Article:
NOTE: from the OOPS! section above… if I am forwarding an email to the server, because I forgot to put the Email2Log email address in the BCC when I sent the email, I will go into the body of the email and find the line that shows the TO information (name, email), and simply edit that line so it now looks like this: contacts:“Jason Alba” <>

companies:[company name]

Works the same as contacts… if the exact company name is the name of a Company record, it will find it and put the Log Entry under that record. If not, it will create a new Company record.

You can put in multiple company names, separated by commas.


Works the same as contacts… if the exact company name is the name of a Company record, it will find it and put the Log Entry under that record. If not, it will create a new Company record.

You can put in multiple job titles, separated by commas.

In the Getting Started video series, you can see all of this in action in videos #4 and #5.

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The Power of the Brand (Case Study: “The Establishment”)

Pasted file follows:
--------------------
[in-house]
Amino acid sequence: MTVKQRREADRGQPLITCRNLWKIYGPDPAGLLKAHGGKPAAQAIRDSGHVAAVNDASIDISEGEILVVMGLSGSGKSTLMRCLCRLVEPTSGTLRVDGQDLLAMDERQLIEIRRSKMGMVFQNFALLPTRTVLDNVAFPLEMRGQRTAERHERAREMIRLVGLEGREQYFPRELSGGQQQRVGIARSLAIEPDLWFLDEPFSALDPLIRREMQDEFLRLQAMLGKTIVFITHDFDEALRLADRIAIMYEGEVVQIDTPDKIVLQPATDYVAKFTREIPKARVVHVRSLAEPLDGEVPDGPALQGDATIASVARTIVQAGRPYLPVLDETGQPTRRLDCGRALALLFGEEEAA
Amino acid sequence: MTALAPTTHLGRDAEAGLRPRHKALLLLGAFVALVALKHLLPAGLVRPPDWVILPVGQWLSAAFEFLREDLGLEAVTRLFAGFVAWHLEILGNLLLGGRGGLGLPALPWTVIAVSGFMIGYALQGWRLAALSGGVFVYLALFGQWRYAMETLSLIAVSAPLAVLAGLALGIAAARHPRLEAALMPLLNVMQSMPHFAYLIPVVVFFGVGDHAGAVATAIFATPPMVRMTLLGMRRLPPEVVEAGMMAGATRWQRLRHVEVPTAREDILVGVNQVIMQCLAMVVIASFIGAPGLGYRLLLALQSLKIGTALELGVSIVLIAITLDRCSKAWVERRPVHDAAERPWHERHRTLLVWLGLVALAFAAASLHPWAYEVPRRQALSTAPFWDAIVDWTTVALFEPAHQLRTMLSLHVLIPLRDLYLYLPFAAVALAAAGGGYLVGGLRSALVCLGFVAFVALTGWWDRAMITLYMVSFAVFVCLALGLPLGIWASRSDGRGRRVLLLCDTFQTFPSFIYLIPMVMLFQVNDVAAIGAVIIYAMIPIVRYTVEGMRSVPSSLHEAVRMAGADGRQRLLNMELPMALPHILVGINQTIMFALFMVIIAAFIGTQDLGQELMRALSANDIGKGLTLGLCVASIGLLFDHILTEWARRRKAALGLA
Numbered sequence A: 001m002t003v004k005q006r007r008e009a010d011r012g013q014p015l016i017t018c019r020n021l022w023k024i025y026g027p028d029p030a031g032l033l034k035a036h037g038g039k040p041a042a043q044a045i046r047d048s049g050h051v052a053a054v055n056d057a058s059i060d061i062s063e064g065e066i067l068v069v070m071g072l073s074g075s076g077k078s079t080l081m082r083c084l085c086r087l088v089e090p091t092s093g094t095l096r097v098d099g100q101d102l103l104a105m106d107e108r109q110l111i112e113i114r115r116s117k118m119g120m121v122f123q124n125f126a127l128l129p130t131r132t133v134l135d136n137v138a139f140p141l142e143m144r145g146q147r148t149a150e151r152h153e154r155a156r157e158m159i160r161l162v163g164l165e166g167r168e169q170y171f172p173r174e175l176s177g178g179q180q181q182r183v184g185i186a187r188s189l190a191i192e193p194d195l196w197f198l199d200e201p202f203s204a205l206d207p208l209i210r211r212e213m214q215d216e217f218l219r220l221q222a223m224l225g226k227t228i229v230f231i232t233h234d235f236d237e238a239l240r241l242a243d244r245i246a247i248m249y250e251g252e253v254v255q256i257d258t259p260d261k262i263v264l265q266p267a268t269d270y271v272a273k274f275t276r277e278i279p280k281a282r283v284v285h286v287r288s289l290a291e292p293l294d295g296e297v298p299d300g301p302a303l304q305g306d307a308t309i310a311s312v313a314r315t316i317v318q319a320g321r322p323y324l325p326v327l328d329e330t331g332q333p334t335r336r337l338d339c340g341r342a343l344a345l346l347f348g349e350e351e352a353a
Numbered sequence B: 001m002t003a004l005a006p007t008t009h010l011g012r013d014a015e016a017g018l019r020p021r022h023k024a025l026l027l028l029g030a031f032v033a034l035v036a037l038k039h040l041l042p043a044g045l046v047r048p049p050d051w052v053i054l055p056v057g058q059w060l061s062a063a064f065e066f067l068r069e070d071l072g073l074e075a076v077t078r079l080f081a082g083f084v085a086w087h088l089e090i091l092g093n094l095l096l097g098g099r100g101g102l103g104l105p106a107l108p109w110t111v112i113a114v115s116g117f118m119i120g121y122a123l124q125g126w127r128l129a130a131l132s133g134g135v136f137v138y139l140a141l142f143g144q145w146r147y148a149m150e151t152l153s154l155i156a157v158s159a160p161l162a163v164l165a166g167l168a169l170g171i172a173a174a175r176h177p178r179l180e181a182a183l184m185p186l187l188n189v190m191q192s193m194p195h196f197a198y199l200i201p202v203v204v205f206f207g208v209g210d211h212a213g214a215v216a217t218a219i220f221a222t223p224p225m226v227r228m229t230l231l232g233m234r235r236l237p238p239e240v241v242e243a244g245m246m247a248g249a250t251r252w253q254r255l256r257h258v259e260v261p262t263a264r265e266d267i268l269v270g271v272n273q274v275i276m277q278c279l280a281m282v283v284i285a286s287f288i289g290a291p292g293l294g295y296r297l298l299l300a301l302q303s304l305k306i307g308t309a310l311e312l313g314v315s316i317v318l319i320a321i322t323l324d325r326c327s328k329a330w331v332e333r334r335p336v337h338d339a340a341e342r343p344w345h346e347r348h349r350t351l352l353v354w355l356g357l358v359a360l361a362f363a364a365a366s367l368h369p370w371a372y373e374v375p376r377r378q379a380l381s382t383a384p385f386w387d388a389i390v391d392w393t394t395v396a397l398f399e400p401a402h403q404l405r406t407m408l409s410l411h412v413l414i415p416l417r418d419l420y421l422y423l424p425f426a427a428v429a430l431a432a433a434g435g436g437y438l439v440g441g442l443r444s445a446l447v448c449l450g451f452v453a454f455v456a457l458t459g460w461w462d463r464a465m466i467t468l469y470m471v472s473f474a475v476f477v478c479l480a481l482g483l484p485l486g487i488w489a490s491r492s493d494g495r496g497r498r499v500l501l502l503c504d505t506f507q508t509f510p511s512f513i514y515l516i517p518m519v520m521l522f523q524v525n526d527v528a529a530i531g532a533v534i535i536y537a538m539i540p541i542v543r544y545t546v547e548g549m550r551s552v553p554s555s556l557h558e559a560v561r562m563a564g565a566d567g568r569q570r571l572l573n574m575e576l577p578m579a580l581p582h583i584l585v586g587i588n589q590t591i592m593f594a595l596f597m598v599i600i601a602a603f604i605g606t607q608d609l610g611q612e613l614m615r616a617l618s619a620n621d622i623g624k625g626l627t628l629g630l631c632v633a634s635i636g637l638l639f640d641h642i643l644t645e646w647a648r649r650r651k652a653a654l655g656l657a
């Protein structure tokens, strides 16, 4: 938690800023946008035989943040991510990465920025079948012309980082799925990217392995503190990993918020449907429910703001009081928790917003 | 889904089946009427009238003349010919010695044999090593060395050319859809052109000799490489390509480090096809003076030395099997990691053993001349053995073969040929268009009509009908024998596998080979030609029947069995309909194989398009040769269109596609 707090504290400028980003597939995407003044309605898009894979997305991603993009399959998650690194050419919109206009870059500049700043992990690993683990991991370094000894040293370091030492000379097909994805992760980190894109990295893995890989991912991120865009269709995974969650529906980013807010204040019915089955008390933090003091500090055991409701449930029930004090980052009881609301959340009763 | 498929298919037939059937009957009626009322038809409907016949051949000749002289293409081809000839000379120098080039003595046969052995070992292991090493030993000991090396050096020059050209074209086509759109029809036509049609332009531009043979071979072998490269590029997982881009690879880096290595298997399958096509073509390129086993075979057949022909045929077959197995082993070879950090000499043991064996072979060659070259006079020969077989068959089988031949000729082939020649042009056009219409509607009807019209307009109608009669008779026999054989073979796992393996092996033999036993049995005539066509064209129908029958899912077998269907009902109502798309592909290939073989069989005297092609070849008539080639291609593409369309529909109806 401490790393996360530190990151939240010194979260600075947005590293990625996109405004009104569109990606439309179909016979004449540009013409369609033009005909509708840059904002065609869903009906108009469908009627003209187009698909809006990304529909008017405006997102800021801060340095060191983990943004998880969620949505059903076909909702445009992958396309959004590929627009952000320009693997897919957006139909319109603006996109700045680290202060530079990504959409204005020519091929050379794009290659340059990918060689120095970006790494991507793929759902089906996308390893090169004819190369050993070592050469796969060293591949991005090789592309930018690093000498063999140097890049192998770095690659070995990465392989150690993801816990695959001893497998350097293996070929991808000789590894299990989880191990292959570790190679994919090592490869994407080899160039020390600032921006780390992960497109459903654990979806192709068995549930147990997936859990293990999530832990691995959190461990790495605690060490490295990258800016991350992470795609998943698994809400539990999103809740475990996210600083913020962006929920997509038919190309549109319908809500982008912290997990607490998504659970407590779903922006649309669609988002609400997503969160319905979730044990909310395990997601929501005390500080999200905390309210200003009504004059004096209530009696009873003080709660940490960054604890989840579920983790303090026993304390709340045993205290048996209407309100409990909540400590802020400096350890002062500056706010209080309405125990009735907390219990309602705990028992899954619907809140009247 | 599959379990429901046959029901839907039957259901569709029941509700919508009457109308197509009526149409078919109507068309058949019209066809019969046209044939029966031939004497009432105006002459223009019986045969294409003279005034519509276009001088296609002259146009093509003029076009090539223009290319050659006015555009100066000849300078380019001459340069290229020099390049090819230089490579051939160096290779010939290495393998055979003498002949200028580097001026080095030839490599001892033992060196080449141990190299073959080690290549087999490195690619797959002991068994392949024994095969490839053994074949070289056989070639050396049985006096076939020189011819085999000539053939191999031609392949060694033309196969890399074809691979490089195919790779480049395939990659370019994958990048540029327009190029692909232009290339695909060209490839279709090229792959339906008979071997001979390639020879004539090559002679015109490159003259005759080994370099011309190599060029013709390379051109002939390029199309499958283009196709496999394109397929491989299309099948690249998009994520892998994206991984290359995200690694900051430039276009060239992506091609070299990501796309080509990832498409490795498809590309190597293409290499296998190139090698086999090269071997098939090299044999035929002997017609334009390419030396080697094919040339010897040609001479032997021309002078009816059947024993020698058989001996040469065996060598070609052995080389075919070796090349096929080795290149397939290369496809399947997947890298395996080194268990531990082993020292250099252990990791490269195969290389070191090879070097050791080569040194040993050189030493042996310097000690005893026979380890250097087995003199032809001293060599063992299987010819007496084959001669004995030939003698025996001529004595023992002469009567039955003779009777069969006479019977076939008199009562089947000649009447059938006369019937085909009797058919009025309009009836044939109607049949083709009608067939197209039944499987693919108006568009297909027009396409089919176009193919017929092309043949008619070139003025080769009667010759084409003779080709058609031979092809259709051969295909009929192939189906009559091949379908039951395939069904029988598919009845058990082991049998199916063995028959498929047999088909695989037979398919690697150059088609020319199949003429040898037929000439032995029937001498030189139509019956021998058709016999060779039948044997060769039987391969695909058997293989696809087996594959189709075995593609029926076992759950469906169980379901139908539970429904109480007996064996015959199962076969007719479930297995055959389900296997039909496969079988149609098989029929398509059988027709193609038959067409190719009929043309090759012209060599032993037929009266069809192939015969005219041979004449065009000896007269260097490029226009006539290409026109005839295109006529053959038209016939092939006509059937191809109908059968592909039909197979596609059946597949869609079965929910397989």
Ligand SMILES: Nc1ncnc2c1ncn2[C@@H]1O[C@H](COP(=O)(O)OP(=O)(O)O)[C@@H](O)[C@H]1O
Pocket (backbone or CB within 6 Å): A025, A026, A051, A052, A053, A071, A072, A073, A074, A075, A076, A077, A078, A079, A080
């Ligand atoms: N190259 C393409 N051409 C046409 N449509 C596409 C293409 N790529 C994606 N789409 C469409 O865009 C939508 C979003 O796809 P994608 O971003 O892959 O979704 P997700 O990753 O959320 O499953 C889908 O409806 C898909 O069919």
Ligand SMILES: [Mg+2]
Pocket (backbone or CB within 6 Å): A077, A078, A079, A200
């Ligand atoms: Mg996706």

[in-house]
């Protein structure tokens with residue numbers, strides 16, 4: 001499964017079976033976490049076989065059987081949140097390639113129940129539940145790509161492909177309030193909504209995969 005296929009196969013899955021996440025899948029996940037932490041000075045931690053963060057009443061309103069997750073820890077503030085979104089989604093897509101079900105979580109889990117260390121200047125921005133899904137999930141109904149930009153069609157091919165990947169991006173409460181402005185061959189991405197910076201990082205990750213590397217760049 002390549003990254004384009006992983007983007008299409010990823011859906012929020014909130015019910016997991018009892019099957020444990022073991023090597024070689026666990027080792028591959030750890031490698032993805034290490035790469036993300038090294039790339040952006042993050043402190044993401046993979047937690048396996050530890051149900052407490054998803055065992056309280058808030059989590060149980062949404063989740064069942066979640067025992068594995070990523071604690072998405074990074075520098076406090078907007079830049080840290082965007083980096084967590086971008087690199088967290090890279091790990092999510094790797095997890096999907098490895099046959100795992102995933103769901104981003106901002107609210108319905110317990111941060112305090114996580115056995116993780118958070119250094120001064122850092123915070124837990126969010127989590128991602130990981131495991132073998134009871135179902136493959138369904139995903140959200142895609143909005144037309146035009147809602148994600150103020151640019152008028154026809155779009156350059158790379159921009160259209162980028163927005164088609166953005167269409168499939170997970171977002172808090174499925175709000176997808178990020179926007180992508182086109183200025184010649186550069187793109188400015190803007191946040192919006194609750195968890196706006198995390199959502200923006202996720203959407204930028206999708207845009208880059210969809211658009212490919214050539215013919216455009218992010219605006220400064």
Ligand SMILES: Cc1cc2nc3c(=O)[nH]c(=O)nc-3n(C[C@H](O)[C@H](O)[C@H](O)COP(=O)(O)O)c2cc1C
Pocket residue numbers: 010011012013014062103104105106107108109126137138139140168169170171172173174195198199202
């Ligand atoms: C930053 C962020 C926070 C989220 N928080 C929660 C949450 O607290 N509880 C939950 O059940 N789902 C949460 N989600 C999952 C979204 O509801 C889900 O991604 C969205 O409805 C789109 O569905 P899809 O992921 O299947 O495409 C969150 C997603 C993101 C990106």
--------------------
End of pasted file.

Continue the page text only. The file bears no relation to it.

March 7th, 2016

Let’s talk about branding.  Everyone reading this post has been branded in at least one bucket… millennial (whiners), boomers (old-dog-new-trick), Gen X (not sure what the brand is for us), MBA, privileged, etc.

Still not convinced the brand is powerful?  How’s this: Cruz and Rubio (and Kosich) lost on Super Tuesday to Trump because they are branded as “part of THE ESTABLISHMENT.”  The Establishment (which is a brand,with stereotypes) is all I’m hearing about on the news… “they are part of The Establishment!!” They even use it against each other.

Without going into the political rabbit hole, think about how a brand helps a candidate (aka, job seeker) win or lose.  What are things that your brand is telling people?  Whether they are true or not, if associated with a brand, they are loud and clear.